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27 replies
  1. 1
    Baud says:

    Now get your minds out of the gutter

    Never!

  2. 2
    JPL says:

    The NY Times has and article on urgent care centers today. I didn’t realize that most don’t accept medicaid patients. I understand that they are profit making organizations, but it seems that if you want to cut down on emergency room visits, urgent care is a better model to cut expenses. link

  3. 3
    another Holocene human says:

    Damn you, Richard. Or should I say, Dick?

    Hm, finished coffee. More coffee is called for!

  4. 4
    Cervantes says:

    It’s not sex that is in the gutter, it’s that Republican primary you mention.

  5. 5
    Skippy-san says:

    The gutter is a step up.

  6. 6
    Skippy-san says:

    The gutter is a step up.

  7. 7
    Shakezula says:

    Ah-ha! So you admit DemocRATs are ramming Obamacare way down our throats! [Rides off in Medicare-covered Hoveround.]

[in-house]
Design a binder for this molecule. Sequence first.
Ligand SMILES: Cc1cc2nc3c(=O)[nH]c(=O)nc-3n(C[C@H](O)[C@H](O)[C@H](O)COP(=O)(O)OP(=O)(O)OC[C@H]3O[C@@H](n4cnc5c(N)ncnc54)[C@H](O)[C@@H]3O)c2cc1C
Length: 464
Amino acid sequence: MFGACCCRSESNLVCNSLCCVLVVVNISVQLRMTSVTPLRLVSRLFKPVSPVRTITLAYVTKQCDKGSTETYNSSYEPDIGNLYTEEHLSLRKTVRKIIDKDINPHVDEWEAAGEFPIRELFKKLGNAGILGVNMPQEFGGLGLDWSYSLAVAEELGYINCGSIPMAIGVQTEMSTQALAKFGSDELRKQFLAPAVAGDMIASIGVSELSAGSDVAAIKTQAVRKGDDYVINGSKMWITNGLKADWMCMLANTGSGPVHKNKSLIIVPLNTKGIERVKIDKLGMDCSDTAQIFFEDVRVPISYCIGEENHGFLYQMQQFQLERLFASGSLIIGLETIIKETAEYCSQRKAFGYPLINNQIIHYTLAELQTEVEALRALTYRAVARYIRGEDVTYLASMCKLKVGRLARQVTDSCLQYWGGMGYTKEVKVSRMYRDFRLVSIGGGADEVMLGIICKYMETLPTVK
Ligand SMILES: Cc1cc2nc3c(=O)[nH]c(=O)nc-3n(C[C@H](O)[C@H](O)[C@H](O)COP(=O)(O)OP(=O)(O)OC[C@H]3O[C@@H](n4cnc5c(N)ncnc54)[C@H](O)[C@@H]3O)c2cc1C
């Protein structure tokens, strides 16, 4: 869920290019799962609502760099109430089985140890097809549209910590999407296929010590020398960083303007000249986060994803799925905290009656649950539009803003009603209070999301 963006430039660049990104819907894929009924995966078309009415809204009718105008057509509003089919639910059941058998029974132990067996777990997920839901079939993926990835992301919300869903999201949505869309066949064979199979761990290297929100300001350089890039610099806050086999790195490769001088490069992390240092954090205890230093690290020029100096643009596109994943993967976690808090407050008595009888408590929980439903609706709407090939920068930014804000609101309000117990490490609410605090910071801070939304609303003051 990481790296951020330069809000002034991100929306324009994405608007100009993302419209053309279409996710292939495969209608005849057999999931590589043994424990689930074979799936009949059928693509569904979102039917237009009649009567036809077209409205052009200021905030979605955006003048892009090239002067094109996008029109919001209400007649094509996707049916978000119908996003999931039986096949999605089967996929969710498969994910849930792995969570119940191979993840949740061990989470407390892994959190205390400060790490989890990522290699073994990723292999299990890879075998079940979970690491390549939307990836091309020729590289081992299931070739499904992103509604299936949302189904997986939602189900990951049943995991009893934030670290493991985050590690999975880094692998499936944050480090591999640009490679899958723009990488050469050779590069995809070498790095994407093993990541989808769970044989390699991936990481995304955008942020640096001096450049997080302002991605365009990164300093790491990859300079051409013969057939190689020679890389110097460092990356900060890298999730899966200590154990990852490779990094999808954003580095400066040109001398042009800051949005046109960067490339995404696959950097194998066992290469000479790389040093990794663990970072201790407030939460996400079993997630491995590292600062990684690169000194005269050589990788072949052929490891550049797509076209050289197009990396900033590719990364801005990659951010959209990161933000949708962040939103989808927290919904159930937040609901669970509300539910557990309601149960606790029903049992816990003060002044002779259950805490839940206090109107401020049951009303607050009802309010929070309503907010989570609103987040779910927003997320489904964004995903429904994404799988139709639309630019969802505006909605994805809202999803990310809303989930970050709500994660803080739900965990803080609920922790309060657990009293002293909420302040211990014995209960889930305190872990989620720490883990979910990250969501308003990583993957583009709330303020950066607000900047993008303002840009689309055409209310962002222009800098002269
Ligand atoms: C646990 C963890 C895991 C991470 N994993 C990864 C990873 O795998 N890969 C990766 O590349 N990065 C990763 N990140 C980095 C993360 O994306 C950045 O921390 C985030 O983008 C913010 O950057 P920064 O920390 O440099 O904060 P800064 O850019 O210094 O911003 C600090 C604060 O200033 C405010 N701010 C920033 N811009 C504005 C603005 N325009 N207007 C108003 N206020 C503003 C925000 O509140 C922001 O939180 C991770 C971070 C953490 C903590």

8. 8
    Violet says:

    I’ll be curious to see if the 10% state cost-share in 2017 reintroduces creative and quasi-deliberate incompetence in outreach efforts.

    It will. Are the penalties for not having health insurance going up as well so there will be more incentives to get it? Guess that may not apply to Medicaid folks.

    Are there any penalties to states for having low numbers off people covered with health insurance? If that was built in then they’d be more likely to want to have their folks covered.

  9. 9
    Richard Mayhew says:

    @Violet: The mandate has a hardship exemption and folks who are Medicaid eligible in expansion states might quality for it. For non-expansion sadist states, people in the coverage gap won’t be hit by the mandate penalty under current rules.

  10. 10
    Violet says: